(Cartoon by Mazhar, Aydede or “Grandfather-Moon,” 14 August 1922, no. 65, page 2.)
Kuzu ile köpeği
Against the wolves
A lamb with her dog
Today’s cartoon features a woman in a basic landscape with her dog. The woman’s dress and the fact that she owns a dog makes her a a member of the upper classes. She wears a netted face veil and hat that cover her modern, flapper-girl haircut. Her short-sleeved shirt and skirt leave much of her arms and legs bare. Standing stationary in the landscape, she holds the leash of her dog, who appears alert and threatening. At that time, even in Istanbul, a single, unattended young woman in public would have been a rare sight indeed.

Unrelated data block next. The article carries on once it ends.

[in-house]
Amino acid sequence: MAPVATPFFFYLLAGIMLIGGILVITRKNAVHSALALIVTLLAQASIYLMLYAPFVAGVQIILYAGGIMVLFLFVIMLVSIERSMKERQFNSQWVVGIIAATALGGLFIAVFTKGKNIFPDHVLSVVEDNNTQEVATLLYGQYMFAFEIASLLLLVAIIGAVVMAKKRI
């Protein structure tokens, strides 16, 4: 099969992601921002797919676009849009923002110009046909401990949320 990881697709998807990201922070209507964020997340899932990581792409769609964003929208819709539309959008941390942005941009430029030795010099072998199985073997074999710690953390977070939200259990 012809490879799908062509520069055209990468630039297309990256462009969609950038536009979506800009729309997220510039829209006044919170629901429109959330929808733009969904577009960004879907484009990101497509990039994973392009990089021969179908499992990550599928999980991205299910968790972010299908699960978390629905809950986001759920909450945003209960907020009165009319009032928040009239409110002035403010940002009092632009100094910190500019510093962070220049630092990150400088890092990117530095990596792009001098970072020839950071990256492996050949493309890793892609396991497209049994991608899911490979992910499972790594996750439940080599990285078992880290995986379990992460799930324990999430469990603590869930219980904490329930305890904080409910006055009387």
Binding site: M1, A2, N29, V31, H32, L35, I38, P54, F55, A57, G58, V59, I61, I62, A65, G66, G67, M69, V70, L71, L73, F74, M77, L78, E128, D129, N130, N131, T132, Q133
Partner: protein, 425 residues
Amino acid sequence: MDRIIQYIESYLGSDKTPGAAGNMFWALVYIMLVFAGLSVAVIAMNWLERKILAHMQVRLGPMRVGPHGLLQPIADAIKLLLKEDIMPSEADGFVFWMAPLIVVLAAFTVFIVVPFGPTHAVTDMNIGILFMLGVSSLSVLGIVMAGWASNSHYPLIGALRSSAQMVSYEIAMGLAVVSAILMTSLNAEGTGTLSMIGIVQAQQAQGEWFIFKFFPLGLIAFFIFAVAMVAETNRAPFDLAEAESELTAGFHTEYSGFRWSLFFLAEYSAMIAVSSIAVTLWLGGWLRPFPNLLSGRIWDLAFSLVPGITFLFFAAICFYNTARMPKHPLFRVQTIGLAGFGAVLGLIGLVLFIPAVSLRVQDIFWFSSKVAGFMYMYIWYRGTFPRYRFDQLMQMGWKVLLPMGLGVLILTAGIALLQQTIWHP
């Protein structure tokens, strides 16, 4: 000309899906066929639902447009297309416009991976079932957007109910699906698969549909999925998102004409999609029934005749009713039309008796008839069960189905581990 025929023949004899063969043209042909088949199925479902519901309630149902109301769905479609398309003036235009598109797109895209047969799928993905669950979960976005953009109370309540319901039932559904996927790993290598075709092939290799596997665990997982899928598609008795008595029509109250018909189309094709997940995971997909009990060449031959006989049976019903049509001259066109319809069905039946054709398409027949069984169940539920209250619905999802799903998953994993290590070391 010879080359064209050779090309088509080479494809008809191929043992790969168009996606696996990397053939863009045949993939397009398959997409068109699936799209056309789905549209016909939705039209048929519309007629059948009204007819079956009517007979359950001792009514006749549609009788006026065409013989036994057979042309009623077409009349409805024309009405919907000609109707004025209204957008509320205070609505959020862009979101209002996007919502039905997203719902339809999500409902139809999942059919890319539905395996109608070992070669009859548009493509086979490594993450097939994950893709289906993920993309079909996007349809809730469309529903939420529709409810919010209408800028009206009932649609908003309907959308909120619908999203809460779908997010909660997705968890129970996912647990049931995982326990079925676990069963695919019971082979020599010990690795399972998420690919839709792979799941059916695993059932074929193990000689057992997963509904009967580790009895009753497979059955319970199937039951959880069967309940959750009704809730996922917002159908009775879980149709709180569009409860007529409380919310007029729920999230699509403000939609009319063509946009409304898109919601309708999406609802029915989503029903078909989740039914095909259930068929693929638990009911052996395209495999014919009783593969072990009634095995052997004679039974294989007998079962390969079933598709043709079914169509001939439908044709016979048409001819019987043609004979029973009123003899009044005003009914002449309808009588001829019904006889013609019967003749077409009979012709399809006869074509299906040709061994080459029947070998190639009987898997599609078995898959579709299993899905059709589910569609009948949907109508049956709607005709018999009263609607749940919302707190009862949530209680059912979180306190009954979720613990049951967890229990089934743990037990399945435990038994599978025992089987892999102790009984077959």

But the imagery on its own is not humorous, rather it is the text that provides an amusing framing for the scene. The text above declares the inclusion of the dog as a precaution taken “against the wolves.” However, the woman’s style of dress, including high-heeled shoes, suggests that she is a city-girl, perhaps walking in a park where the threat of actual wolves is minimal but the likelihood of being harassed by a man is certain. In this way, the cartoonist uses the common trope of predator and prey to underscore the vulnerability of the woman. Yet she is not alone. As the text below points out, she is “a lamb with her dog.” While there may be predators out their targeting single women, at least this one cannot so easily be approached.
Numerous other cartoons deal with matters of romantic love, courtship, and mate-finding. So common is this theme that it could be called a genre. A few examples from the Today in 1920s Turkey vault can be accessed from the below links:
(Cartoon by Mazhar, Aydede or “Grandfather-Moon,” 14 August 1922, no. 65, page 2. Atatürk Kitaplığı, Istanbul.)